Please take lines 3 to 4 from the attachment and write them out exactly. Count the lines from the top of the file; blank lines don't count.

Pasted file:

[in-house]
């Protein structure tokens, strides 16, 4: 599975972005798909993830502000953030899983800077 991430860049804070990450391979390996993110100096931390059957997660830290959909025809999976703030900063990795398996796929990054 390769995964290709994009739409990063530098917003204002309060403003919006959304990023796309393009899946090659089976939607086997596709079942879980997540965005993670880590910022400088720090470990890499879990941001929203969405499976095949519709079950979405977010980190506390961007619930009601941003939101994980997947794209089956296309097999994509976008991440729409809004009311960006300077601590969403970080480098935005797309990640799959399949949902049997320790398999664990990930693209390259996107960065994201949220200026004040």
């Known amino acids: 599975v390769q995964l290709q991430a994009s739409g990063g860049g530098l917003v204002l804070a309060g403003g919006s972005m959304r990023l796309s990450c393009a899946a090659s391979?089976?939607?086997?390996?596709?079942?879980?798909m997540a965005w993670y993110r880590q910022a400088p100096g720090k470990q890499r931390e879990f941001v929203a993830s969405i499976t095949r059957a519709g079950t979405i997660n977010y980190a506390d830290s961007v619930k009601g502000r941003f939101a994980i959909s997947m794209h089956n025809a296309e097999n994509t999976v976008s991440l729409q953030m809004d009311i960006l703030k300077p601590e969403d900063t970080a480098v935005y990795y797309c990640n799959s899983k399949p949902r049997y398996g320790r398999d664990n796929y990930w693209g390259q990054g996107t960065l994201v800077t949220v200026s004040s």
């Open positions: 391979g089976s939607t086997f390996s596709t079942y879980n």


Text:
């Known amino acids: 599975v390769q995964l290709q991430a994009s739409g990063g860049g530098l917003v204002l804070a309060g403003g919006s972005m959304r990023l796309s990450c393009a899946a090659s391979?089976?939607?086997?390996?596709?079942?879980?798909m997540a965005w993670y993110r880590q910022a400088p100096g720090k470990q890499r931390e879990f941001v929203a993830s969405i499976t095949r059957a519709g079950t979405i997660n977010y980190a506390d830290s961007v619930k009601g502000r941003f939101a994980i959909s997947m794209h089956n025809a296309e097999n994509t999976v976008s991440l729409q953030m809004d009311i960006l703030k300077p601590e969403d900063t970080a480098v935005y990795y797309c990640n799959s899983k399949p949902r049997y398996g320790r398999d664990n796929y990930w693209g390259q990054g996107t960065l994201v800077t949220v200026s004040s």
């Open positions: 391979g089976s939607t086997f390996s596709t079942y879980n």